The history of the death penalty in America is a history about race. While African Americans comprise approximately 11 percent of the U.S. population, they have constituted half (50%) of all the people executed in the U.S. since 1800. In this post, we* begin this series by exploring racial disparities in death sentencing and executions historically and today in the U.S.

Controlling for a variety of legal and extralegal factors, studies continue to show that race of the victim is the single-most statistical factor in deciding who gets sentenced to death and who gets executed.  The most active death penalty states today are those where the most lynchings occurred historically (e.g., Virginia, the Carolinas, Georgia, Florida, Alabama, Mississippi, Louisiana, and Texas).   See Jacobs, et al., “Vigilantism, Current Racial Threat, and Death Sentences,” American Sociological Review (2005) 70: 656-677.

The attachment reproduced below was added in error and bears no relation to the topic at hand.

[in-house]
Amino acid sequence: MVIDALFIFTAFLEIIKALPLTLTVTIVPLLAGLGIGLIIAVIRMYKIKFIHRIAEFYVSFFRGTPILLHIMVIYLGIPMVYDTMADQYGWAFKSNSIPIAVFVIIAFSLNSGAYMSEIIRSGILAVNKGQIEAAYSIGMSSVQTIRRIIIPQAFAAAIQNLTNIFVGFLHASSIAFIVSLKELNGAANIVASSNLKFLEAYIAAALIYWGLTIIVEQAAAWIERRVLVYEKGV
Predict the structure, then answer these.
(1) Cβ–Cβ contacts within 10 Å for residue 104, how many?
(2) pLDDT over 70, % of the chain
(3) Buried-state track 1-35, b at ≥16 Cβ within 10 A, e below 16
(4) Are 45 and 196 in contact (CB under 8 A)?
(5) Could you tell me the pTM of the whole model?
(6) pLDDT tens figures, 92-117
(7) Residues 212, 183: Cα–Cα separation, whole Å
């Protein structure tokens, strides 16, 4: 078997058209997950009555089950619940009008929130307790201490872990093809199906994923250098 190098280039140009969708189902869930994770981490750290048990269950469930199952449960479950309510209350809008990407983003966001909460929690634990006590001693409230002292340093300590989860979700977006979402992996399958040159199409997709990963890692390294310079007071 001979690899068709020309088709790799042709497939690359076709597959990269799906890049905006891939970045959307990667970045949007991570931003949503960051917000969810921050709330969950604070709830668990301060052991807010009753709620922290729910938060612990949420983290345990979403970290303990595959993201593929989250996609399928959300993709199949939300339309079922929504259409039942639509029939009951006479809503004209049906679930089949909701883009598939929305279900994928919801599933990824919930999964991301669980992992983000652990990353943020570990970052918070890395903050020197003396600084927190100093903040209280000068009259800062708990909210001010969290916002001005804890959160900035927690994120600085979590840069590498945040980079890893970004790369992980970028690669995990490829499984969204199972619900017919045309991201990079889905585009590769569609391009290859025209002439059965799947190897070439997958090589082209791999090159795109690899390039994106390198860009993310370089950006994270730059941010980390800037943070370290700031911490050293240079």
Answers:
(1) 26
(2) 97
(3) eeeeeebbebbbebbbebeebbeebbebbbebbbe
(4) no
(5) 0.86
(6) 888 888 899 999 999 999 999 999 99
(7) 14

There is evidence that a defendant accused of killing a white person is more likely to receive a death sentence than a defendant accused of killing a black person, especially if the defendant is black, for example:

  • Prior to Furman v. Georgia (1972), black defendants were 12 times more likely to receive a death sentence than white defendants. See Baldus, Pulaski and Woodworth, Comparative Review of Death Sentences: An Empirical Study of the Georgia Experience, 74 J. Crim. L. & Criminology 661 (1983).